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It’s that magical time when consumer protection agencies release their annual lists of hazardous toys and toxic Christmas decorations. We’ll get to this year’s list in a moment. But first, let us acknowledge, it used to be worse.
A popular home-made Christmas decoration of years gone by called for filling a glass canister with old-fashioned naphthalene mothballs. Then the decorator added water, baking soda, and either vinegar or citric acid. A chemical reaction caused the mothballs to “dance” in the canister.
“Children will love this unique decoration at Christmas time!” 1950s homemaker magazines said. The magazines didn’t mention that naphthalene is a neurotoxin and possibly carcinogenic. Ingesting or inhaling naphthalene can make an adult human very sick and can kill a dog or cat. We don’t want to know what would happen if a small child got his or her hands on the dancing “snowballs.”
(For the record, most chemical mothballs sold these days contain paradichlorobenzene, which is also dangerous, rather than naphthalene. The new-fangled mothballs are heavier and won’t “dance,” so the trick doesn’t work.)
If the mothballs didn’t get you, the artificial snow might. Once you could buy bags of asbestos “snowflakes” to sprinkle on and around the tree. (Fun fact: The snow that fell in the final scene of Holiday Inn, as Bing Crosby crooned “White Christmas,” was asbestos.) Although no longer manufactured, asbestos snow can still be found at holiday rummage sales and on eBay. If inhaled, the “snowflakes” could give you a number of asbestos-related lung diseases, including mesothelioma.
However, a century ago the asbestos snow seemed like a good safety precaution. In those days people still decorated their trees with lit candles, which (combined with paper garlands and cotton snow) made a jim-dandy fire hazard. A newspaper column from 1915 advised readers to use asbestos instead of cotton for artificial snow. “Remember, ‘a House of Merriment is far better than a House of Mourning,’” it said.
Asbestos was sometimes used in tree skirts and decorations, as well, so older decorations should be handled with caution. Also, homeowners who keep their Christmas decorations in the attics of older homes might be exposing themselves to small fibers of asbestos insulation as they decorate for the holidays.
And there was a time when toy planes and trucks had sharp metal edges, and toys might be covered in lead-based paint. So things are better now, aren’t they?
Well, yes, mostly, but they are not perfect. As recently as 2007 asbestos was turning up in children’s toys, such as a junior crime lab forensics kit and modeling clay. The consumer protection agencies do have to keep on their toes.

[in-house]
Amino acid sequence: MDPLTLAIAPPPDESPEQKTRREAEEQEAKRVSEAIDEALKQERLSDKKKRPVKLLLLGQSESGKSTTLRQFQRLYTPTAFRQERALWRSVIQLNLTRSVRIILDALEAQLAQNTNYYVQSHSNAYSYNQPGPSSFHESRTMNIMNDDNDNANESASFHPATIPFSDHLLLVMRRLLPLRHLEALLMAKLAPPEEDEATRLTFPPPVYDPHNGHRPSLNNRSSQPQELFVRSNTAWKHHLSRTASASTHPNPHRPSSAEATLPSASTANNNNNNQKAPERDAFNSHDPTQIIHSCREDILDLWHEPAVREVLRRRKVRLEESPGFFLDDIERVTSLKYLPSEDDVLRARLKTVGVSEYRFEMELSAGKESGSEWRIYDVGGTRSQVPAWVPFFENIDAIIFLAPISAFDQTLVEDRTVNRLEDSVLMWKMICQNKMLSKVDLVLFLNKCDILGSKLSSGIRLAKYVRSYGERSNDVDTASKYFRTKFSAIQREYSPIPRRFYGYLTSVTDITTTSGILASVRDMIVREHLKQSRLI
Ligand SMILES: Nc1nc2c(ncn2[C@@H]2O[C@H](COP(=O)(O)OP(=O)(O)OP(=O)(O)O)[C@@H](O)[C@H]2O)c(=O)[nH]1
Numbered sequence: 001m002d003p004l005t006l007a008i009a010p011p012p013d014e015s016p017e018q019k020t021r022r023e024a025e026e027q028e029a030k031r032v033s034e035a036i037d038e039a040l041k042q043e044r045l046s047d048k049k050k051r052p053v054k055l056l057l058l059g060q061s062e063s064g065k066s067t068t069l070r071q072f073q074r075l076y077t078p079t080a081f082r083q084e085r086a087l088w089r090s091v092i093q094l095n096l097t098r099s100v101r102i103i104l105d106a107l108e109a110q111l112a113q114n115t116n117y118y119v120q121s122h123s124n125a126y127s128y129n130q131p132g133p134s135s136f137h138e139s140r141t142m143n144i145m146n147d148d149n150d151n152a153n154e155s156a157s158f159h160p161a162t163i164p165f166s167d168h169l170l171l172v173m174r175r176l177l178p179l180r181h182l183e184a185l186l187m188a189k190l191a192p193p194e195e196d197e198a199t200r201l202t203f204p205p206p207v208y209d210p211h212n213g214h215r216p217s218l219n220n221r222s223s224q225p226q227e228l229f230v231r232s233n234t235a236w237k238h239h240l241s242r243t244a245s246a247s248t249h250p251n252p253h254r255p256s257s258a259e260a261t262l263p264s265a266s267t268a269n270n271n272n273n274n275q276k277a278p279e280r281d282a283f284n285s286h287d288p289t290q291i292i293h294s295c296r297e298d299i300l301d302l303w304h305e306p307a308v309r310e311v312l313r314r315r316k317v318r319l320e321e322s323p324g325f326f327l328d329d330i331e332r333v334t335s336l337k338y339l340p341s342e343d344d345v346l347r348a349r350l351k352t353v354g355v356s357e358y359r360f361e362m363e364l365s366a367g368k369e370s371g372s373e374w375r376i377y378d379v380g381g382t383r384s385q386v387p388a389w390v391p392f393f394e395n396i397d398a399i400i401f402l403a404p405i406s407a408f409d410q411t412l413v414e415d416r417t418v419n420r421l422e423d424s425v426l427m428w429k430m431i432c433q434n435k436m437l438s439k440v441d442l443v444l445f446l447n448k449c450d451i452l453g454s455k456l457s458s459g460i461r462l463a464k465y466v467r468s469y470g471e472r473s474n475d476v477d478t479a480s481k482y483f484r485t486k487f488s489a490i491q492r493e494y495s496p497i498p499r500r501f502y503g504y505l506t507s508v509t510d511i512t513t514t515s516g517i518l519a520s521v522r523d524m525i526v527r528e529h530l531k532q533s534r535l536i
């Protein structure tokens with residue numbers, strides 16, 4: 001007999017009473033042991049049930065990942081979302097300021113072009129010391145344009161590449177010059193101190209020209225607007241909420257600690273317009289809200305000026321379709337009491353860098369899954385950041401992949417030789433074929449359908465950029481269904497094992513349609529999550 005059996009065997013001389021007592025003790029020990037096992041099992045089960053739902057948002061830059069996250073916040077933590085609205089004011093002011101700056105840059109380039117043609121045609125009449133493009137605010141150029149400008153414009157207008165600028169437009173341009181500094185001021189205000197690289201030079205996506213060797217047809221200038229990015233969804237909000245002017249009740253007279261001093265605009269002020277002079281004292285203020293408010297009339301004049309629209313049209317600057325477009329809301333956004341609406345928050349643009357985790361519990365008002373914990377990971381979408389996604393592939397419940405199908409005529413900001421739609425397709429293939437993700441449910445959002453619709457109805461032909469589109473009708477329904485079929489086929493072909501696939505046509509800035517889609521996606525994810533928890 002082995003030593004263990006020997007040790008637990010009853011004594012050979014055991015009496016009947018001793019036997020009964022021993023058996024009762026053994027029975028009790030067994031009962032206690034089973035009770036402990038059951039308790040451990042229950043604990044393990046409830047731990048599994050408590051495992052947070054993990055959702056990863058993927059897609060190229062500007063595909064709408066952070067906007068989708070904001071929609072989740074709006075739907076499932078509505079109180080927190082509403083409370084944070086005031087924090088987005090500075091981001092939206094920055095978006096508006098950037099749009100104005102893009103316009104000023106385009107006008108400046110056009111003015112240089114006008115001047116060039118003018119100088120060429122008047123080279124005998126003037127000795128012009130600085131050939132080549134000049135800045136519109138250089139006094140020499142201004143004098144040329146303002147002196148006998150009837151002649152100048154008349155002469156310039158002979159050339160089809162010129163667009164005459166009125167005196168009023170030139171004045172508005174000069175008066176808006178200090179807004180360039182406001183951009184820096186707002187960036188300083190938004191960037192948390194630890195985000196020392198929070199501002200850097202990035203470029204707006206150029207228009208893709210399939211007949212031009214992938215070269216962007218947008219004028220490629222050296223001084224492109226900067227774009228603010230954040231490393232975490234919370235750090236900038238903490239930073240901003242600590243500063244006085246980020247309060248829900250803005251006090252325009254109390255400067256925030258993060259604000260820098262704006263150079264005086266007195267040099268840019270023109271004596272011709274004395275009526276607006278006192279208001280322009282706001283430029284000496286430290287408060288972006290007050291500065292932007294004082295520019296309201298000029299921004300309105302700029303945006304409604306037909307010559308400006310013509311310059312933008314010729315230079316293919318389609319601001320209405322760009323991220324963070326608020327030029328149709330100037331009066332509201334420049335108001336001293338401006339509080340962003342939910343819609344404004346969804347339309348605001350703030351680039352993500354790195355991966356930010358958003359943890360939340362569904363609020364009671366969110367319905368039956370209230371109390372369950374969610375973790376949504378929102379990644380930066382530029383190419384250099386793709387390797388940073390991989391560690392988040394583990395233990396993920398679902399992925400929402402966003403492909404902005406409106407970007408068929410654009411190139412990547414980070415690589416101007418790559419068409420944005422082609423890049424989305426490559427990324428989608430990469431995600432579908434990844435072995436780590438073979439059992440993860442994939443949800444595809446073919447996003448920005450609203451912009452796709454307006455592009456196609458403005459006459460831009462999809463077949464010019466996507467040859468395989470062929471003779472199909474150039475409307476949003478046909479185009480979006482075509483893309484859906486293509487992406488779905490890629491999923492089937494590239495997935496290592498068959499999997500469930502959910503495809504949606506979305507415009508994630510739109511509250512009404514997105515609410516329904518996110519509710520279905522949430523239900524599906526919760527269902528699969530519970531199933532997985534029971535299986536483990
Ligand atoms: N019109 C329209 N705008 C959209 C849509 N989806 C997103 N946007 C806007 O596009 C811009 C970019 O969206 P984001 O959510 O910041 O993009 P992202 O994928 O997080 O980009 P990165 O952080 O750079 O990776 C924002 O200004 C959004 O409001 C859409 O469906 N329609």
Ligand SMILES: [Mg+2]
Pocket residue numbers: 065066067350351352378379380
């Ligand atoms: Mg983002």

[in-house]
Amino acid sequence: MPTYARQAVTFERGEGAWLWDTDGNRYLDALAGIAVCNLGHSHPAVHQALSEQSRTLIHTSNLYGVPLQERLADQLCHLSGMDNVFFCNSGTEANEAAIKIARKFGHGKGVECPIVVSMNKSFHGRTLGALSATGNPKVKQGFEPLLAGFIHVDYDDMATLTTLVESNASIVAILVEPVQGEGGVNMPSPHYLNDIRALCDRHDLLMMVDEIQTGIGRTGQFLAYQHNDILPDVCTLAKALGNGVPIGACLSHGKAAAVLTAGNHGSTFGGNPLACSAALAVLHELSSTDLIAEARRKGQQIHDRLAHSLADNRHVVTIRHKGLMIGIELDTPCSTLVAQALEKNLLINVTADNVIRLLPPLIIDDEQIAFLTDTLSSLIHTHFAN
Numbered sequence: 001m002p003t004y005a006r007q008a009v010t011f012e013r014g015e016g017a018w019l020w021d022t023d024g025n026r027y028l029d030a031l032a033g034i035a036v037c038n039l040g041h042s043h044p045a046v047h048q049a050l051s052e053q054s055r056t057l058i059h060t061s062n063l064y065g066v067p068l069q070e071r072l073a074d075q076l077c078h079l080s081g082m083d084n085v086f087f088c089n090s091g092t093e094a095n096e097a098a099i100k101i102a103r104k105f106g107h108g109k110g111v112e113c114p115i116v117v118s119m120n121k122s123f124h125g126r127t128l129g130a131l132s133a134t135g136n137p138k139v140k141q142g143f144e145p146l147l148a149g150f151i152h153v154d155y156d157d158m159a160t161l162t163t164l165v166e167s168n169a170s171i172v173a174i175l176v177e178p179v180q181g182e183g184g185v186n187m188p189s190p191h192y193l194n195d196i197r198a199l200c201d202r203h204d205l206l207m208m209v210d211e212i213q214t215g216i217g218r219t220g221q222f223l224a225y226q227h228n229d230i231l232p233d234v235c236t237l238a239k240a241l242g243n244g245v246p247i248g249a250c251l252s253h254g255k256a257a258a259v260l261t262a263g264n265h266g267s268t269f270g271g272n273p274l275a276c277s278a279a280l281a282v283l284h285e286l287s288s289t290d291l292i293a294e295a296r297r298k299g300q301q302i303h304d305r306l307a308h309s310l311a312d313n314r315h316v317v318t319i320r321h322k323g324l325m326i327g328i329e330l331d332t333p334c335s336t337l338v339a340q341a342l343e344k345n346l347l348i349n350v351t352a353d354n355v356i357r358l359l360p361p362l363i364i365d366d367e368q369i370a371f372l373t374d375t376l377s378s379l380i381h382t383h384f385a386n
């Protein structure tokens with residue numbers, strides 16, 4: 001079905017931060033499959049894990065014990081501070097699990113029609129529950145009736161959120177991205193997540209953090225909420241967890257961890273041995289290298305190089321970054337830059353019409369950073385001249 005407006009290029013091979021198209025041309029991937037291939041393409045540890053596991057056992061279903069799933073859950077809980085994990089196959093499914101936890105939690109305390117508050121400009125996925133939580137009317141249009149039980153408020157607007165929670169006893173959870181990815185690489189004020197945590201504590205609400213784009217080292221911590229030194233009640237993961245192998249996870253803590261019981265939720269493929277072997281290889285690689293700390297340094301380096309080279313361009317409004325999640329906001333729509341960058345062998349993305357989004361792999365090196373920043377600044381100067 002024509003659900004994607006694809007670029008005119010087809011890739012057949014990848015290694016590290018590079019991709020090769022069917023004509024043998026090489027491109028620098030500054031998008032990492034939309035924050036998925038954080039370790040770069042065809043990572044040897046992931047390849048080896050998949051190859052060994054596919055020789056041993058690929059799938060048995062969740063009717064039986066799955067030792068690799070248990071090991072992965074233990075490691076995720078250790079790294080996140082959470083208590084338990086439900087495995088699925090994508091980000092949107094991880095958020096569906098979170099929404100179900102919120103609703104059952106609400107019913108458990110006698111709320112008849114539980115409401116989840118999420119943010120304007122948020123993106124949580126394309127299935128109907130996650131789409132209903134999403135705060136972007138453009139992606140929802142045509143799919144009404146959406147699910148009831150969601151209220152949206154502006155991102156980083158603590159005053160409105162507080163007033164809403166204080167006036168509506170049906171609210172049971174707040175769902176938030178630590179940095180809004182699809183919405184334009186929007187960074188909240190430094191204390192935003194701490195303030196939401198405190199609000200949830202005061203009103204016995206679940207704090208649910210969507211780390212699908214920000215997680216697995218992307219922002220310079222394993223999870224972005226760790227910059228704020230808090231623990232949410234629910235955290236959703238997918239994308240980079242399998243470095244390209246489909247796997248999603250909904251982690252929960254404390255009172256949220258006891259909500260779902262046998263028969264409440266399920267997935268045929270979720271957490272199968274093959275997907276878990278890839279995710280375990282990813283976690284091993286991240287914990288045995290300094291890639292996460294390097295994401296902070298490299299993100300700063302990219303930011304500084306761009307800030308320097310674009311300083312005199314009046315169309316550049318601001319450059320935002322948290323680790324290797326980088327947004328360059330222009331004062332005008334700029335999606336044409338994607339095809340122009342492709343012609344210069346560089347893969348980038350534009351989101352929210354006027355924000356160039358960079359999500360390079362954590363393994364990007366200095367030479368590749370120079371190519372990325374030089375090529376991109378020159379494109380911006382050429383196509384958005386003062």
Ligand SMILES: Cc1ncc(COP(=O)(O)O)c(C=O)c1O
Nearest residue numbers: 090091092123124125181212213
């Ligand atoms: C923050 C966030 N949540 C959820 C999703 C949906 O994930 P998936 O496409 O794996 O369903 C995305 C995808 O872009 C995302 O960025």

The United States Public Interest Research Group (PIRG), an independent consumer-advocate organization, recently released its annual “Trouble in Toyland” report. There is no asbestos in this year’s report, but there are other toxins.
PIRG says lead in toys continues to be a problem. For example, the Captain America Soft Shield, for ages two and up, was found to contain 29 times the legal standard for lead. Lead can damage the nervous system and is especially damaging to the brains of young children.
A Ninja Turtles pencil case contained excessive levels of cadmium as well as one of six phthalates banned from toys. Cadmium is extremely toxic; even trace amounts can be dangerous.
Phthalates are chemicals used in plastic to keep it from becoming brittle. Phthalates are known to leach out of the plastic over time, and because they are widely used we all phthalates in our bodies now. The dangers are still being researched, but among the suspected problems are links to ashthma, birth defects and hormonal problems.
And, of course, toys can have small parts that end up stuck in childrens’ throats or stomachs. Marbles, balloons, and small magnets require special vigilance, PIRG says.
On the bright side — although older artificial trees may contain toxins, trees manufactured after the 1990s are safer. Real trees might contain pesticides and molds, and they can also catch on fire, although they are not nearly as much of a fire hazard as unattended candles.
And yes, there is a risk of electrocution from electric Christmas lights, especially if mice in your attic have nibbled away the insulation. Take care.
Kissing under mistletoe has been a holiday tradition since medieval times, at least. Mistletoe is toxic and will make you very sick if you eat it, although it probably won’t kill you. Cheerful red poinsettias have a reputation for being poisonous, especially to pets, but it appears this is an old wives’ tale. So be careful with the mistletoe, but fill your home with poinsettias to your heart’s content.
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